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    $\begingroup$ The boost bottles can last quite a while if you're just having a passenger puff on them occasionally to keep SpO2 above 90% while you work out a diversion - they're somewhat less practical for the pilot though (because they occupy one of your hands) $\endgroup$ – voretaq7 Apr 9 '15 at 3:05

The simple answer is to rent or buy a supplemental O2 system for Mom.

Don't fake this one. As Voretaq7 said in the first answer, "A person experiencing symptoms of acute hypoxia" Focus on the word "acute". Just having your Mom feeling a little light-headed is probably not going to hold up as a valid reason to divert lower in any faa action. And if their google-fu is good and they find this website, you will not be able to claim that you were not aware of the potential for a problem.

The reason for my warnings: They are serious about the altitude restrictions over the Grand Canyon. Diverting should be reserved for a truly unexpected emergency. Just get the supplemental O2 system and you are covered.

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    $\begingroup$ Yes, to clarify a bit when I say "symptoms of acute hypoxia" I'm talking the major symptoms: disorientation, obvious cognitive impairment, cyanosis (blue fingers/lips), etc. – Before that point you may want to start planning how you're going to get lower, but you're not at the threshold I would personally consider an emergency. $\endgroup$ – voretaq7 Apr 9 '15 at 3:16
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    $\begingroup$ I ordered two of the disposible bottles of O2 that people linked. I also remember my mom going on a commercial helo ride over the canyon a few years ago and she never mentioned any problems with that. I honestly think she should be fine, but like you said, I do know the risks, and I don't want to put her (or my pilot licence and AFROTC career) in danger. $\endgroup$ – Keegan Apr 9 '15 at 3:58

In principle at least, you can begin to experience hypoxia at 5000ft. By 10,000ft, it's affecting your eyesight, and probably starting to affect your judgement a little. At 15,000ft, your judgement can be measurably impaired, and you'll often experience euphoria, so you can't TRUST your judgement even if you think everything is okay.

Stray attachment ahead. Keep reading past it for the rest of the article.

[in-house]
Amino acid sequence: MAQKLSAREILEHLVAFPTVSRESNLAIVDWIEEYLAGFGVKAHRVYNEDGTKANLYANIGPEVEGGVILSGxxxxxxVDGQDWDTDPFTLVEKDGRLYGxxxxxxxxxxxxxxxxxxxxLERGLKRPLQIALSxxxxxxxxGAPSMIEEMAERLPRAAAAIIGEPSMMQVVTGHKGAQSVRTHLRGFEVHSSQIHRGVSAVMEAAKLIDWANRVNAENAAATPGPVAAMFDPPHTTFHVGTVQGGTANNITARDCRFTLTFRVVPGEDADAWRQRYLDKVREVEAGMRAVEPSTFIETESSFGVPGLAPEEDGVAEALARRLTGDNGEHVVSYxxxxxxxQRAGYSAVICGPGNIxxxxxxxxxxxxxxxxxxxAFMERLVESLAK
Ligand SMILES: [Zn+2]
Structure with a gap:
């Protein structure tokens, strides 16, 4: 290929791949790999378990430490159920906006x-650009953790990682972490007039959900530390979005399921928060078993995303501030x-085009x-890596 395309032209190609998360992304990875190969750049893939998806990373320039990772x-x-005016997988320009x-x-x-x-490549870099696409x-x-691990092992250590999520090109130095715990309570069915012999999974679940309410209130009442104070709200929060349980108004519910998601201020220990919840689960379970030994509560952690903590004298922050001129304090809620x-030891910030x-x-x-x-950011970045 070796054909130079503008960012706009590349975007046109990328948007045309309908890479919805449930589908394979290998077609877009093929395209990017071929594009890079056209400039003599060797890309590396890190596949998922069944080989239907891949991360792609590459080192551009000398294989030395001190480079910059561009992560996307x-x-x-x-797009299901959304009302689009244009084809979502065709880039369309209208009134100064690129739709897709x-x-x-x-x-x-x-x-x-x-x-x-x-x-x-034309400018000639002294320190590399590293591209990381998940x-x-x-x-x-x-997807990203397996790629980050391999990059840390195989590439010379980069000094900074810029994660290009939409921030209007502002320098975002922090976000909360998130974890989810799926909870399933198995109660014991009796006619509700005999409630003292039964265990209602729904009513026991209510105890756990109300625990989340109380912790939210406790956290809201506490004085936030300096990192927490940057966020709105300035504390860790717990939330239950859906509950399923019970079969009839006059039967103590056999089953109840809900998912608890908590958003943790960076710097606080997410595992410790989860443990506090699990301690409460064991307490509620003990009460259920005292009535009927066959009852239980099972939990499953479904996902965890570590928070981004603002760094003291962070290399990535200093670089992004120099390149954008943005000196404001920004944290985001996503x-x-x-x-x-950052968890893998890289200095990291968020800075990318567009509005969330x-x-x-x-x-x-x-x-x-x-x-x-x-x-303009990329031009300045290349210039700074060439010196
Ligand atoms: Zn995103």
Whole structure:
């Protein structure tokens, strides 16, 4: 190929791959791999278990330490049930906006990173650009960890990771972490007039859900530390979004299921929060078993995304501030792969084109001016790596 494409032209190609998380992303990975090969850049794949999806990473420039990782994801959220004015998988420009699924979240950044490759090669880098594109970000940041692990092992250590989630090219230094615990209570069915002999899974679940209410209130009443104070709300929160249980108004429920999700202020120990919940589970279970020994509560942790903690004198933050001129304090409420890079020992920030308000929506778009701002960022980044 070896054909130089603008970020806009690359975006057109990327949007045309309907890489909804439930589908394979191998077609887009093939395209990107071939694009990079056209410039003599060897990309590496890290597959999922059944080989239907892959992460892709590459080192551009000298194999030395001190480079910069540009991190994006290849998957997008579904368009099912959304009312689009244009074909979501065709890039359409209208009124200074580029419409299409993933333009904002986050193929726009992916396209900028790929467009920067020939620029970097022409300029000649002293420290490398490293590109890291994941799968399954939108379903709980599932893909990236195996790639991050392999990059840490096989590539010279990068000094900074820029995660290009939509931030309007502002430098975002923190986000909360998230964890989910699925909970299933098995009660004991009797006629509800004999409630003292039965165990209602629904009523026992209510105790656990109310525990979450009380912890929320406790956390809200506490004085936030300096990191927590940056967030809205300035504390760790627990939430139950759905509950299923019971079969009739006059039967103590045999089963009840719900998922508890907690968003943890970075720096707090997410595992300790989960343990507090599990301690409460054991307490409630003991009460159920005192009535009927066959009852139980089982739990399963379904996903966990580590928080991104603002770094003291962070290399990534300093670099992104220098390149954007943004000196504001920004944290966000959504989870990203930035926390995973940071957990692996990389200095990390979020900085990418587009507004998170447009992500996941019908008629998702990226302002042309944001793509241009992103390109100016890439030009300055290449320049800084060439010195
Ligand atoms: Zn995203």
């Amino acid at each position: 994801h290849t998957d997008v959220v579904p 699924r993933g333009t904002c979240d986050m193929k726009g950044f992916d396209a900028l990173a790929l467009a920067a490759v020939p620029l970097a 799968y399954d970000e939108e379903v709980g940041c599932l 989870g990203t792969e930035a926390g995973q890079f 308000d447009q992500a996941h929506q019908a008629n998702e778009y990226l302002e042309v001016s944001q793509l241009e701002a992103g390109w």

Your personal experience and thresholds may vary.

FAR 91.211 spells out supplemental oxygen requirements. At 11,500, you're close enough to the FAR regs (12,500) that you really ought to be carrying supplemental oxygen. These regs are known to be very liberal. Bring some oxygen for both of you and no worries.

  • $\begingroup$ But as someone acclimated to 8,000ft, I am much less likely to start experiencing symptoms at 11,500 than someone who just came from sea level. $\endgroup$ – Keegan Apr 8 '15 at 18:10
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    $\begingroup$ @SpongeBob - Less likely doesn't mean it cannot happen. Being prepared could mean the difference between making it back safely or ending up on the canyon wall. $\endgroup$ – Thebluefish Apr 8 '15 at 21:40
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    $\begingroup$ The 5,000ft number comes from the aeromedical chapter on hypoxia, and they say it primarily affects night vision. $\endgroup$ – rbp Apr 9 '15 at 1:04
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    $\begingroup$ A pretty large exaggeration. 10k feet should have enough oxygen to completely alleviate hypoxia symptoms (save perhaps night vision). Not only is an emergency descent to 10k feet in our emergency procedures for hypoxic crew members, but our flight doctors have briefed us the same as well. $\endgroup$ – Rhino Driver Apr 9 '15 at 2:02
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    $\begingroup$ The reason 10k feet is used as a floor is that you can probably hang out there for a while (probably up to an hour) safely. Acute Mountain Sickness sets in for most people at around 8,000ft when they're continuously exposed. High Altitude Cerebral Edema and High Altitude Pulmonary Edema begins at prolonged exposures above 10,000ft for non-acclimated people (acclimation takes days, sometimes weeks). $\endgroup$ – Calphool Apr 9 '15 at 17:59